of the september 11 attacks and i would like to know if you could give us a sense of the early days and when it became apparent to people were sitting in that building that they were going to have a role to play. but there was going to be something called financial warfare that was launched in response to these attacks. >> first of all, thank you for accepting the invitation and for doing this. you are a remarkable voice even before he took your rule on sunday edition, you have been part of this, which is admirable and i love listening to you so much. i just want to thank the doctor and csis and others. i would not have been able to craft this without their help. this is also a little bit of like a reunion. a lot of you who are part of the community who are working on this issues before 9/11 and
certainly after 9/11, it's really an honor that you have bestowed upon us today. i'd like to thank you for that. 9/11 was really a dramatic day. not only for obvious reasons that you all experienced, but it was a shift in how the government thought about the use of power. it was very clear that president bush not only articulated that we are going to be at war with an enemy and we brought that war to our shores in new york and pennsylvania and washington. but also we have to think about creatively using that balance of power. the first real step that the president took in the u.s. government took was the signing of this executive order. announced on september 24, 2001. it gave the secretary of treasury enormous powers. powers that were not necessarily new, but they were amplified. in essence, opening the door to this new age of financial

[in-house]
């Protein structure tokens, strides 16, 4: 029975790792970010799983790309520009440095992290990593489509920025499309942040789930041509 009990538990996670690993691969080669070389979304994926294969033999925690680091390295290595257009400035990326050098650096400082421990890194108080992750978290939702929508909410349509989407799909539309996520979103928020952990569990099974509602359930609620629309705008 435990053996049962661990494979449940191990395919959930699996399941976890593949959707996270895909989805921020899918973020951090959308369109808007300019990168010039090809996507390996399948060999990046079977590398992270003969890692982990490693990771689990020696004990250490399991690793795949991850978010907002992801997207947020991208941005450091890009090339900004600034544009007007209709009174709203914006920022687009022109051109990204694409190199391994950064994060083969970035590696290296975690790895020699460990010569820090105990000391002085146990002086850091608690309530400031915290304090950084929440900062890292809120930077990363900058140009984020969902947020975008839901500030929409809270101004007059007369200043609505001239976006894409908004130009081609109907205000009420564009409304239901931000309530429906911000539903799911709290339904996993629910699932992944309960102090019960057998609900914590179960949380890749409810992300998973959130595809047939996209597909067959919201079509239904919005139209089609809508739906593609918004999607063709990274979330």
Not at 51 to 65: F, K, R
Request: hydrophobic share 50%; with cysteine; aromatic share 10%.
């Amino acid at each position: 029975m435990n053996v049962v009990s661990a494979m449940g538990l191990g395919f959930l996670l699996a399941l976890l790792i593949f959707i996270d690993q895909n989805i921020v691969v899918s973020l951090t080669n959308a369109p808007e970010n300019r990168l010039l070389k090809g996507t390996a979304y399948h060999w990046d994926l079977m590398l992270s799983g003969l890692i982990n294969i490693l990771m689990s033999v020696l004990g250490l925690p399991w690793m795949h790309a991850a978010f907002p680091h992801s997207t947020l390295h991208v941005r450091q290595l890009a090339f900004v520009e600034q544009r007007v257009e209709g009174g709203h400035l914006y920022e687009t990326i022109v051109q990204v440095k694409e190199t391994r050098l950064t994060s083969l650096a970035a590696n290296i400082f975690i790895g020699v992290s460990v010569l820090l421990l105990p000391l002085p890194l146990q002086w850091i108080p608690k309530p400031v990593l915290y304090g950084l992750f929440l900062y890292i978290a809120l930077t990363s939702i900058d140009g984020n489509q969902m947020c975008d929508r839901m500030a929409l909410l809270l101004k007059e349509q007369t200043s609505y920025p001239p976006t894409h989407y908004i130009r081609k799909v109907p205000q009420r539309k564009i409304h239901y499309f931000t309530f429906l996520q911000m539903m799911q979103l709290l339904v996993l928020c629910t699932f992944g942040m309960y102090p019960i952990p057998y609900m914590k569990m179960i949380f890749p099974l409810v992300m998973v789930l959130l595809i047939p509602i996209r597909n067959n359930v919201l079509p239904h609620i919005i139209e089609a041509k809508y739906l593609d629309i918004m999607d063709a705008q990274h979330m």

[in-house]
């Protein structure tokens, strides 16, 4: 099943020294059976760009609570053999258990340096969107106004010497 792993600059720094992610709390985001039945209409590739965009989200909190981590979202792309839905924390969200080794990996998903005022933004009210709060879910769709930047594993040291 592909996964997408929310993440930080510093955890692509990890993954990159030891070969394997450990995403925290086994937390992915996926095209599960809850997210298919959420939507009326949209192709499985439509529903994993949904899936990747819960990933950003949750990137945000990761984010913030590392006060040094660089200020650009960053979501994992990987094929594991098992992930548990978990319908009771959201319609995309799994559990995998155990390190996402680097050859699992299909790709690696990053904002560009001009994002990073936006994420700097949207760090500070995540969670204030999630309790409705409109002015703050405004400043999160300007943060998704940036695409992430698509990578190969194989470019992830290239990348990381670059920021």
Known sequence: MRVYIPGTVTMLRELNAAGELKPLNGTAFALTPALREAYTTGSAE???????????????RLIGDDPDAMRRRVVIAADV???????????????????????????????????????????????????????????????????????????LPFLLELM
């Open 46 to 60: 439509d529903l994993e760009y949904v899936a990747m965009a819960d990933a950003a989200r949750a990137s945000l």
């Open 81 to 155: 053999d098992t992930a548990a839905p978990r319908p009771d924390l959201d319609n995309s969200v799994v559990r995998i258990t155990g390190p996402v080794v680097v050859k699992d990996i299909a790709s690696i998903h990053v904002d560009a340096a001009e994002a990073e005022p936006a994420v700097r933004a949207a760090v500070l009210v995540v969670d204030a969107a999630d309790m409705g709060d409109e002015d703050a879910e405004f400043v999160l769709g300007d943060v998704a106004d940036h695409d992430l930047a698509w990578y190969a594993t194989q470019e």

warfare. what it did was in power the secretary and it is regulatory and functions in sanctions and capabilities at the time, at the time of his guns and badges and law enforcement. the policy is international to start focusing on the isolation of al qaeda from the financial system both formal and informal. that really opened the door for a new way of thinking about how to use these powers. at the time we were very much focused on terrorist financing. i had just arrived three weeks before and i was welcomed by folks like jamie fraser, the current secretary of state and others, but i really didn't know what treasury stiffed him at the moment what treasury stiffed him on, to be honest this came over to work on international money laundering. but i didn't quite understand his role. and i think i was emblematic of the government at large. i don't think that many people